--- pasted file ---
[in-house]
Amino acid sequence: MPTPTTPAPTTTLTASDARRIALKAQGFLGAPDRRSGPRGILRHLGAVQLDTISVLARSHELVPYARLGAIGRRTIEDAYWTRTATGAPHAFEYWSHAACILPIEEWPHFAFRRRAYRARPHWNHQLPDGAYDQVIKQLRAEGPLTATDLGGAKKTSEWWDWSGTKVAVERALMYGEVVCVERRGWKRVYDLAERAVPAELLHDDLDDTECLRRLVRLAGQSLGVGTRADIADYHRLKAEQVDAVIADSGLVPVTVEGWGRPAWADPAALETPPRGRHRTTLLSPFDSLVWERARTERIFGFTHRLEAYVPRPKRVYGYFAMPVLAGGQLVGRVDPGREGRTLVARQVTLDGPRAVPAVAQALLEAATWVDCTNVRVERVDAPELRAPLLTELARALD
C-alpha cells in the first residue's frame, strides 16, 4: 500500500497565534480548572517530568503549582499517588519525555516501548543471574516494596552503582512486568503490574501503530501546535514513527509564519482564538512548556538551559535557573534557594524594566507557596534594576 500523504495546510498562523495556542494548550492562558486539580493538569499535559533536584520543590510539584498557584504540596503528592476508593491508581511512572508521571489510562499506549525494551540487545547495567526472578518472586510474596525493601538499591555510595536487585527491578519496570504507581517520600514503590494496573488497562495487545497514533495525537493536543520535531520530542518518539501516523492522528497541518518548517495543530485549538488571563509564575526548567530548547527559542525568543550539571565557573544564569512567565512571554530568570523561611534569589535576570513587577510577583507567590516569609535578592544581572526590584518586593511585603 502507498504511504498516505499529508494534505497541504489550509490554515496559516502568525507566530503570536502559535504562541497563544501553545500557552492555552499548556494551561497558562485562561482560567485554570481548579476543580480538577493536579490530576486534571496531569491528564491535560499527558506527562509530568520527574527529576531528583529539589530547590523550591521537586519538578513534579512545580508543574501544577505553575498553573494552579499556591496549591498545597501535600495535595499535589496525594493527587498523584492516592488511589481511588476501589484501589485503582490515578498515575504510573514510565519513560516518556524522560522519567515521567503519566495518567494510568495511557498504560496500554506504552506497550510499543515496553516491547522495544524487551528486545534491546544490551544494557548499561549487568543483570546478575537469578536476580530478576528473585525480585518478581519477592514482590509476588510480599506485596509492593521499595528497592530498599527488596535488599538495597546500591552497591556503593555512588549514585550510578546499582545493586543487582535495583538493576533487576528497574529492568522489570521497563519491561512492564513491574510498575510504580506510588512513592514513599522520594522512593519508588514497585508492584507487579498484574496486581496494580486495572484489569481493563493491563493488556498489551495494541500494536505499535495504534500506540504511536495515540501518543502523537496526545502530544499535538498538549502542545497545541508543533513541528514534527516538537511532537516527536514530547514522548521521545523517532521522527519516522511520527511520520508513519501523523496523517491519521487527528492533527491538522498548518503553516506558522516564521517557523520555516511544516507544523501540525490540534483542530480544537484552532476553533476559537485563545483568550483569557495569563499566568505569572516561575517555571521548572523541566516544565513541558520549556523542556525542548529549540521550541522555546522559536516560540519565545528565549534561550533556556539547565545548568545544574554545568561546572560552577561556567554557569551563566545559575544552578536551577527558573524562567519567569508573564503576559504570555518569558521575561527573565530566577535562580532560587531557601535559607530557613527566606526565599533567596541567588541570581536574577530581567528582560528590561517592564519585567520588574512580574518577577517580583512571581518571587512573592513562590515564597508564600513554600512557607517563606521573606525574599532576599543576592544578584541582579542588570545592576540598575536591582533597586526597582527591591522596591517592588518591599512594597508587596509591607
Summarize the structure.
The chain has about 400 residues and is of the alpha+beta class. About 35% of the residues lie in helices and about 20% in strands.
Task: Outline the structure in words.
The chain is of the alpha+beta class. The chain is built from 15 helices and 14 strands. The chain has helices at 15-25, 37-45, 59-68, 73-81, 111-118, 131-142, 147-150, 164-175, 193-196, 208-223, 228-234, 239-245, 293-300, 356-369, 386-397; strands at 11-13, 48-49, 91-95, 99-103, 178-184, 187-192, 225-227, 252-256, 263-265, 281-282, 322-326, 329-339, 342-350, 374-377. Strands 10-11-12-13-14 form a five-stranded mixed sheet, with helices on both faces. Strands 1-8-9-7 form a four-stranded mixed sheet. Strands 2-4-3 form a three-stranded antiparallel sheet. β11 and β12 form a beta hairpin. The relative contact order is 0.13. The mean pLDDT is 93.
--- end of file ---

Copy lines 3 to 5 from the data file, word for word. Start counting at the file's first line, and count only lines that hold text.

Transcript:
C-alpha cells in the first residue's frame, strides 16, 4: 500500500497565534480548572517530568503549582499517588519525555516501548543471574516494596552503582512486568503490574501503530501546535514513527509564519482564538512548556538551559535557573534557594524594566507557596534594576 500523504495546510498562523495556542494548550492562558486539580493538569499535559533536584520543590510539584498557584504540596503528592476508593491508581511512572508521571489510562499506549525494551540487545547495567526472578518472586510474596525493601538499591555510595536487585527491578519496570504507581517520600514503590494496573488497562495487545497514533495525537493536543520535531520530542518518539501516523492522528497541518518548517495543530485549538488571563509564575526548567530548547527559542525568543550539571565557573544564569512567565512571554530568570523561611534569589535576570513587577510577583507567590516569609535578592544581572526590584518586593511585603 502507498504511504498516505499529508494534505497541504489550509490554515496559516502568525507566530503570536502559535504562541497563544501553545500557552492555552499548556494551561497558562485562561482560567485554570481548579476543580480538577493536579490530576486534571496531569491528564491535560499527558506527562509530568520527574527529576531528583529539589530547590523550591521537586519538578513534579512545580508543574501544577505553575498553573494552579499556591496549591498545597501535600495535595499535589496525594493527587498523584492516592488511589481511588476501589484501589485503582490515578498515575504510573514510565519513560516518556524522560522519567515521567503519566495518567494510568495511557498504560496500554506504552506497550510499543515496553516491547522495544524487551528486545534491546544490551544494557548499561549487568543483570546478575537469578536476580530478576528473585525480585518478581519477592514482590509476588510480599506485596509492593521499595528497592530498599527488596535488599538495597546500591552497591556503593555512588549514585550510578546499582545493586543487582535495583538493576533487576528497574529492568522489570521497563519491561512492564513491574510498575510504580506510588512513592514513599522520594522512593519508588514497585508492584507487579498484574496486581496494580486495572484489569481493563493491563493488556498489551495494541500494536505499535495504534500506540504511536495515540501518543502523537496526545502530544499535538498538549502542545497545541508543533513541528514534527516538537511532537516527536514530547514522548521521545523517532521522527519516522511520527511520520508513519501523523496523517491519521487527528492533527491538522498548518503553516506558522516564521517557523520555516511544516507544523501540525490540534483542530480544537484552532476553533476559537485563545483568550483569557495569563499566568505569572516561575517555571521548572523541566516544565513541558520549556523542556525542548529549540521550541522555546522559536516560540519565545528565549534561550533556556539547565545548568545544574554545568561546572560552577561556567554557569551563566545559575544552578536551577527558573524562567519567569508573564503576559504570555518569558521575561527573565530566577535562580532560587531557601535559607530557613527566606526565599533567596541567588541570581536574577530581567528582560528590561517592564519585567520588574512580574518577577517580583512571581518571587512573592513562590515564597508564600513554600512557607517563606521573606525574599532576599543576592544578584541582579542588570545592576540598575536591582533597586526597582527591591522596591517592588518591599512594597508587596509591607
Summarize the structure.
The chain has about 400 residues and is of the alpha+beta class. About 35% of the residues lie in helices and about 20% in strands.